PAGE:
Penn State tight end Mike Gesicki, who nearly gave up football in high school, has become a standout.
Gesicki enjoyed the finest season by a Penn State tight end last year and will begin his senior season as an All-America candidate.
Gesicki began playing football in seventh grade and, being one of the tallest players on the team with above-average athletic ability, was put at quarterback. He played that position for three seasons, including as a freshman at Southern Regional High in Manahawkin, New Jersey.
But when he got to his sophomore year, Higgins was a year older and a better quarterback and was installed as the starter.
Gesicki was so disconsolate that he considered giving up the sport.
"I was thinking to myself, 'OK, I'm going to stop playing football and focus on basketball,'" he recalled. "That was my thing, anyway. Growing up, I always thought I was going to be Vince Carter. That was my man. I had season tickets to the (New Jersey) Nets. I watched basketball. I played basketball.
"Then my coach (Chuck Donahue) said, 'How about trying wide receiver?' It worked out. It was a great decision."
Gesicki wound up as the all-time leading receiver in school history and one of the most highly-touted tight end prospects in the country. He chose Penn State over Ohio State, Wisconsin, Florida State and others.
After making just 24 catches in his first two seasons, the 6-6 Gesicki thrived in offensive coordinator Joe Moorhead's scheme last year, finishing with 48 receptions for 679 yards, both school records for a tight end.
He considered skipping his senior year to enter the NFL draft before he decided to stay, joining eight other returning starters on offense for the Nittany Lions.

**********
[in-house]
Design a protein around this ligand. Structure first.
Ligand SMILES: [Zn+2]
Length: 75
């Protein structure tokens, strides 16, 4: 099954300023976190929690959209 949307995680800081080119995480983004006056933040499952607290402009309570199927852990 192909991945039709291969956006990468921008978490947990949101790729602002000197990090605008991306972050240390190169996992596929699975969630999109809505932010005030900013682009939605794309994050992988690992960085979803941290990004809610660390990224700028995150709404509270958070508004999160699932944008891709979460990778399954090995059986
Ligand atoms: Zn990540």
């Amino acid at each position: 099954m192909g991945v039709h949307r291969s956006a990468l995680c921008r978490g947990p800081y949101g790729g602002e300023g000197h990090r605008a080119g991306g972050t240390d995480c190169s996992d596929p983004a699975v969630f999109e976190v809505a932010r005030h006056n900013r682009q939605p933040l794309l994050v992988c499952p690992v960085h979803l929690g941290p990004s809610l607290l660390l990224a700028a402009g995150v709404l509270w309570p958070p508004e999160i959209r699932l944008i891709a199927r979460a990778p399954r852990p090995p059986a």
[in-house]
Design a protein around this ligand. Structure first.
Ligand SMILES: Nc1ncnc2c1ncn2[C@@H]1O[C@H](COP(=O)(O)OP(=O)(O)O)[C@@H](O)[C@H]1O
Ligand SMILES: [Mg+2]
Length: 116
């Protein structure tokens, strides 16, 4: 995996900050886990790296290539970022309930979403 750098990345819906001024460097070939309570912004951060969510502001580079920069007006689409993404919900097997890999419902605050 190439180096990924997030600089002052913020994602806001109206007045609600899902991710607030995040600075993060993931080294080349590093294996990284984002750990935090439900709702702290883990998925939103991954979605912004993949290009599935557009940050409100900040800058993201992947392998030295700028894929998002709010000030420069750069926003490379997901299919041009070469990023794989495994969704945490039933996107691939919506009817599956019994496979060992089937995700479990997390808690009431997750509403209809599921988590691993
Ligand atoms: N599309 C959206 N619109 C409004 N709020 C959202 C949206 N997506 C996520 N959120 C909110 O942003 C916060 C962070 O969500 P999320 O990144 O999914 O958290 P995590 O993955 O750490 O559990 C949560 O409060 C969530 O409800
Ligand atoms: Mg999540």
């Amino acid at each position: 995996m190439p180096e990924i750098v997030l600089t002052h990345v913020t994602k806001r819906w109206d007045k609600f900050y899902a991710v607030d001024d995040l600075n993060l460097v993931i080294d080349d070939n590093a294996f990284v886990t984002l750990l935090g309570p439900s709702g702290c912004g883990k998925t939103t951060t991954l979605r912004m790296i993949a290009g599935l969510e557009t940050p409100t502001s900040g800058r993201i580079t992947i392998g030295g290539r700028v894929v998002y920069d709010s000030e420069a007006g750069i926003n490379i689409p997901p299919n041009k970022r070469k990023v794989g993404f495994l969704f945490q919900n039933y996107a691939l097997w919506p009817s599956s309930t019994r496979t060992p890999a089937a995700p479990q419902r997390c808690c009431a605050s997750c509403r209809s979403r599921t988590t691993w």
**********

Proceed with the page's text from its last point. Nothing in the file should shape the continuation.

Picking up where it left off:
"I just knew I had room to grow," said Gesicki, who will join the rest of his teammates Monday for the start of preseason practice. "[Penn State coach James Franklin] said, 'If you could improve from a fourth-round or fifth-round pick to being a first- or second-round pick, it's a no-brainer. Why would you leave?'
"On top of that, I know how successful we can be knowing the guys we have back and the opportunities we have in front of us. It was a no-brainer."
Penn State TE Mike Gesicki returns as the Big 10's leader among returning tight ends in yards per route run. Could he increase that in 2017? pic.twitter.com/rqRhmVXOGg— PFF College Football (@PFF_College) July 16, 2017
With Gesicki, running back Saquon Barkley, quarterback Trace McSorley, a deep corps of wide receivers and an improved offensive line, the Nittany Lions hope to repeat as Big Ten champions and contend for a spot in the College Football Playoff.
"We're a more mature team," he said. "We've been through the fire. We've been through the success. We've been through it all. Now we know what it takes and are willing to do whatever it takes to reach our goals."
Gesicki very well could have been referring to himself.
He'd be the first to admit that he struggled in his first two seasons at Penn State, not only with production but also with his commitment. He would be one of the first players to leave the practice field, unwilling or uninterested to put in the extra time and work to improve.
That changed halfway through the 2015 season when Gesicki dropped a perfect pass from Christian Hackenberg with no defender near him inside the Ohio State 20 in the first quarter. He had also dropped several other passes that year and in 2014.